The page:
We'd inspected them on 23rd April and all looked well, with lots of space for the queen to lay and supers for the workers to store the nectar. May started cold and wet, so it was the 2nd before we could check them again. Yes, that's 9 days later - very significant. And what did we find? Half a dozen queen cells with big fat larvae almost ready to be sealed and pupate into new queens. Lots of empty polished brood cells which the queen hadn't laid in; and her majesty stolling about without a care in the world. My, she looked fit and ...ah... ready to fly?? If we'd left it just one more day, they'd have sealed the queen cells, packed their bags and set off with the queen for their Big Adventure. Oh bother, we'd have said, and other such words.
Half an hour later we'd swapped bees, frames and boxes around and split the colony into four. The queen is in a nucleus box with some house bees, hopefully getting back into lay, we've got two more nucs with queen cells on the point of hatching, and we left just one queen cell in the original hive so fingers crossed the flying bees will stay put. Maybe they've done us a favour and we won't have to rear more queens after all.
The end of August is traditionally the finish of the beekeeper's year. The bees have gathered their honey, the new queens have settled down and there's a bit of a lull. Or so I'm told!
We've been busy extracting our summer harvest from the combs. We weren't sure if the long hot dry summer would reduce the crop, but if anything it's bigger as plants & trees have rushed to produce nectar. So far we've extracted about 130kg of honey (that's over 280lb if you use the traditional British beekeeping weights & measures). A good result from 6 productive hives and there's still more there. We may leave it for the bees though, they have certainly earned it.
We checked the varroa levels in our colonies and got a very strange result: 7 of them are almost free of the mites while the 8th needs immediate treatment. Other beekeepers are reporting much the same. We don't know why, especially after last year's huge infestations - maybe this summer's heat was a factor?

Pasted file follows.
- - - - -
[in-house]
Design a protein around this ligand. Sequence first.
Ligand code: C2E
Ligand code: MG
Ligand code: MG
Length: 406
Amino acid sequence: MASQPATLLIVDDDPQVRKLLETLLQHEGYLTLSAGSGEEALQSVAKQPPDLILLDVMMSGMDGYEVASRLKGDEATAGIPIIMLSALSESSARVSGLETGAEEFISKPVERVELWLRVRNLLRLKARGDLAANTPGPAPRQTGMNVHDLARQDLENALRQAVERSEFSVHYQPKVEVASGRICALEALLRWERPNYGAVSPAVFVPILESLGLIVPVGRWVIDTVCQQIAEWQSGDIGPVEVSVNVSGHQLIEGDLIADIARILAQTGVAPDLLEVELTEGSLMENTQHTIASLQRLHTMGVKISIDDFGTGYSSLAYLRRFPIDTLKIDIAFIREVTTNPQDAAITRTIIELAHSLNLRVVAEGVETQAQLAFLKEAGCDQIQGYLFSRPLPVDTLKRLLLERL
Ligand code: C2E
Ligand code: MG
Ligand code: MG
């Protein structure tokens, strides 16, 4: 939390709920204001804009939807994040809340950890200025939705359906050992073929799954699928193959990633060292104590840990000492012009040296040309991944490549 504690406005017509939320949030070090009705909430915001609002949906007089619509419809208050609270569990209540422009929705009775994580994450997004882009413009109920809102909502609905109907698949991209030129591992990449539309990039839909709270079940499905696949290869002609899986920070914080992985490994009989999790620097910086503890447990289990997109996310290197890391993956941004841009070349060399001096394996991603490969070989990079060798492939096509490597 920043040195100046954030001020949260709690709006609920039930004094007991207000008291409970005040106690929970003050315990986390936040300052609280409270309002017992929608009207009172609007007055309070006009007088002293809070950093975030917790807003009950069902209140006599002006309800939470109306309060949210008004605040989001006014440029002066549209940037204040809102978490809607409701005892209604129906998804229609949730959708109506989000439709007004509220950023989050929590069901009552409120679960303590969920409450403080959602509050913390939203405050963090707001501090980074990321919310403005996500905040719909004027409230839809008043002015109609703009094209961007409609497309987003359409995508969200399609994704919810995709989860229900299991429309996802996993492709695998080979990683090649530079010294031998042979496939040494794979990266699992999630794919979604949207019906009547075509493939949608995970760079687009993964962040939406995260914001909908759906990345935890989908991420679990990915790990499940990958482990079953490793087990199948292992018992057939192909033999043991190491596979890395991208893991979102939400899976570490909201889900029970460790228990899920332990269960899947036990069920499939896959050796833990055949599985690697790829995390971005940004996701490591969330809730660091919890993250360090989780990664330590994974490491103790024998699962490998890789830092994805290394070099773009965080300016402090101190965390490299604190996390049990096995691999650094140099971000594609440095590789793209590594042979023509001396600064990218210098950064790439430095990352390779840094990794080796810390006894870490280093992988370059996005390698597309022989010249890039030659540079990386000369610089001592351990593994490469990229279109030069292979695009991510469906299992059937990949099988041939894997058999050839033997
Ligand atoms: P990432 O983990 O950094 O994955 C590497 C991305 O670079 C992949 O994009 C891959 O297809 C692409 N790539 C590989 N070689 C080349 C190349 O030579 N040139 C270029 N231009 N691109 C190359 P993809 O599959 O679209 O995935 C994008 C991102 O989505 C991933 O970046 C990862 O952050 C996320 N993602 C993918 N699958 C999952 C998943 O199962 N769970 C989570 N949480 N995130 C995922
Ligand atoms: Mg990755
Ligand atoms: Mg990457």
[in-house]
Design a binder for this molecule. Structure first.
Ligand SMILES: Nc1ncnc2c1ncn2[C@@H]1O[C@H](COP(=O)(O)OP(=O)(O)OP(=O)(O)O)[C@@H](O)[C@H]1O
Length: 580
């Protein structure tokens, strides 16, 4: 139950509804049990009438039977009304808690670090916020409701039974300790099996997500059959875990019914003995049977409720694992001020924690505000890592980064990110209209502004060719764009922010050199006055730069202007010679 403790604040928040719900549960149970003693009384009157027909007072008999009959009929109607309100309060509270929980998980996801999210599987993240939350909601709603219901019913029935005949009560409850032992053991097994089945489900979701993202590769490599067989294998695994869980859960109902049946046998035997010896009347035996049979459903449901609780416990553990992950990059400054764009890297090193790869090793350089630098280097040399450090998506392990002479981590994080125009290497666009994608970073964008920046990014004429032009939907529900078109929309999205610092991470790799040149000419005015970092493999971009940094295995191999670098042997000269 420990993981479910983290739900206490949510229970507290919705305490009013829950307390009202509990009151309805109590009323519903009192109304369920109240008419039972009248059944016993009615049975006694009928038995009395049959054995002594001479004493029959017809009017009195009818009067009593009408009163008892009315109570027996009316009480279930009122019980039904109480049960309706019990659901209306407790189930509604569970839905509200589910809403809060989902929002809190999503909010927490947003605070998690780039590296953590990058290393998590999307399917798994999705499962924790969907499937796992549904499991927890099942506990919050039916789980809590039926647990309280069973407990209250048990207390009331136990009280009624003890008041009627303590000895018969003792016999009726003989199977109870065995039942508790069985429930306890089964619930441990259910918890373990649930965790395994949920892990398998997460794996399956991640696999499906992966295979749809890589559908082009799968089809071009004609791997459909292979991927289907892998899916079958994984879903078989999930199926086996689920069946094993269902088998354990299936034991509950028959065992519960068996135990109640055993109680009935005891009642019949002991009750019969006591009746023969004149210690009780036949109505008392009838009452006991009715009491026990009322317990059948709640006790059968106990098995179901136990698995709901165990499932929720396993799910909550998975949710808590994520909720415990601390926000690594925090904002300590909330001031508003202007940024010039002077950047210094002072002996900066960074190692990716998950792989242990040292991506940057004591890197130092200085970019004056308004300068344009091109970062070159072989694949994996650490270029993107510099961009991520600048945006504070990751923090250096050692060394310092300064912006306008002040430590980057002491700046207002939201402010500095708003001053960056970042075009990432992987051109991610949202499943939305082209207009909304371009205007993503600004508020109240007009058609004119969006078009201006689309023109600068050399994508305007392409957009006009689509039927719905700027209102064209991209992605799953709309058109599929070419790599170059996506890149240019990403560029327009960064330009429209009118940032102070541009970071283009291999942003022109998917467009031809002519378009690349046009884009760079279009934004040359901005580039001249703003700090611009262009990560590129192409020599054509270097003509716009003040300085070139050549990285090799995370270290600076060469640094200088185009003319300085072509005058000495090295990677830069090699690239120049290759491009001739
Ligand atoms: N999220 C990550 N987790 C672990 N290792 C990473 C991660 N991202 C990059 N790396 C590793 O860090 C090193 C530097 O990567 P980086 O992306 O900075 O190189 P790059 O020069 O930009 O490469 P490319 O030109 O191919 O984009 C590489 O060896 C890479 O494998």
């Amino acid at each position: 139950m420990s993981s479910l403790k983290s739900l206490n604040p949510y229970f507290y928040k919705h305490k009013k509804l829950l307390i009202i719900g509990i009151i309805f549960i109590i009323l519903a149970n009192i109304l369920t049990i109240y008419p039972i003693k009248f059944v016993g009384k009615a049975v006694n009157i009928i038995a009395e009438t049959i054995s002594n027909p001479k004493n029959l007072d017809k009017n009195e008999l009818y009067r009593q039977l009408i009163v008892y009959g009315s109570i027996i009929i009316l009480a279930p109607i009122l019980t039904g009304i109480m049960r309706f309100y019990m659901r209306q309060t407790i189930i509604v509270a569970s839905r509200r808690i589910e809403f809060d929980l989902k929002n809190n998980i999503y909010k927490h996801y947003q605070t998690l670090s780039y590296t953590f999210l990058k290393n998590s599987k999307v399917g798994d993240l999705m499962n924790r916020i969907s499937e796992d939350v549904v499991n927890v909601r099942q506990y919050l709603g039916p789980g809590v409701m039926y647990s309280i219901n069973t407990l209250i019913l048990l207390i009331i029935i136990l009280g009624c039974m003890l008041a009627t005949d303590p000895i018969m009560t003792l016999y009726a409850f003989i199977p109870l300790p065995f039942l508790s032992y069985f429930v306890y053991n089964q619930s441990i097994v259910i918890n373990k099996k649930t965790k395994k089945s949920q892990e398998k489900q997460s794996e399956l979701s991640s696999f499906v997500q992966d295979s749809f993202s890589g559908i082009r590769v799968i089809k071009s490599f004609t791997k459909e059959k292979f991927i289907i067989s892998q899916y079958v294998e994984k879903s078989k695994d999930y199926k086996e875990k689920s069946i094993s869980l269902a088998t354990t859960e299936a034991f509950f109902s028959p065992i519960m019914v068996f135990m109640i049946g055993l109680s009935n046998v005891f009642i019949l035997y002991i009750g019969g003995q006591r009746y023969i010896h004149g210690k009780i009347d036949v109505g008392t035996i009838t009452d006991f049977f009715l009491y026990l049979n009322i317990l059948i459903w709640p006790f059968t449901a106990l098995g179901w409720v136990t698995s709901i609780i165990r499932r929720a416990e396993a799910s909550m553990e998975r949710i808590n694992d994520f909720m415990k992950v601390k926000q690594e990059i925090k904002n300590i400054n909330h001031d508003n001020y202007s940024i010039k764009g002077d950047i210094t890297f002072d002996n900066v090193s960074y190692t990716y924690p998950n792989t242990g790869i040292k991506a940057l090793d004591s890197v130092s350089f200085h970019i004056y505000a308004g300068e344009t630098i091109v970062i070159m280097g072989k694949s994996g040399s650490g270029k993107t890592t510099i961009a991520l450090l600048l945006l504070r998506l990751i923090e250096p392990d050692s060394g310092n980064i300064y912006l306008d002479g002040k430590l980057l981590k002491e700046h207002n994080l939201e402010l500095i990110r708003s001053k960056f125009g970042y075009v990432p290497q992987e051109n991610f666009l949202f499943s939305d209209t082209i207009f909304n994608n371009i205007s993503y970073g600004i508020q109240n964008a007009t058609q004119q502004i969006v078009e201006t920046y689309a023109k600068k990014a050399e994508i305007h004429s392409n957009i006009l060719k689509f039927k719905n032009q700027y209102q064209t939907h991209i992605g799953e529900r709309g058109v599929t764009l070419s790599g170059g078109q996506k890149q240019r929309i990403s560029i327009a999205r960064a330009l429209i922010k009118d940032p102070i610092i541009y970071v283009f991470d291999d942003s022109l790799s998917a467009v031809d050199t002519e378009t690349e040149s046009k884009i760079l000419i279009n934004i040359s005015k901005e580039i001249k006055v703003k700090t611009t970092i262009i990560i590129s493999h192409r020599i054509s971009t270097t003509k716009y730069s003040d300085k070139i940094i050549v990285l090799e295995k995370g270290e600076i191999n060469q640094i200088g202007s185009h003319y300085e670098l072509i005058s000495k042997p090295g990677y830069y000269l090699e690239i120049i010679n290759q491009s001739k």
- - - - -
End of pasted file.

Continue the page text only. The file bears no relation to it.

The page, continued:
So it's nearly September and the start of the new year. The queens should start laying more eggs which the colony will raise as winter bees. They have a different metabolism from the summer workers with bodily reserves of fat to see them through the next six months. And what of the drones? Well boys, there's good news and bad news. Good news: you've made it this far, albeit without getting your chance to mate with a virgin queen and die in the act. Bad news: your sisters will throw you out of the hive to die when it turns cold. Disposable genes eh?
If the hives are low on winter stores we will feed them sugar syrup to replace the honey we stole. This sounds unkind, but it's only a food supplement; they still have plenty of honey and pollen stored in the brood box. And there's another good reason to give them syrup, because the ivy is just coming into flower and they are gathering its nectar. Unfortunately ivy honey sets like concrete when it cools, so it's useless as a winter food when they can't fly out and fetch water to dissolve it. Bees can starve in a hive surrounded by ivy honey. But if they mix it with syrup it stays soft and available throughout the winter.
There's a hint of coolth in the air now, and the robin in our garden is singing his wistful autumn song. So the year turns...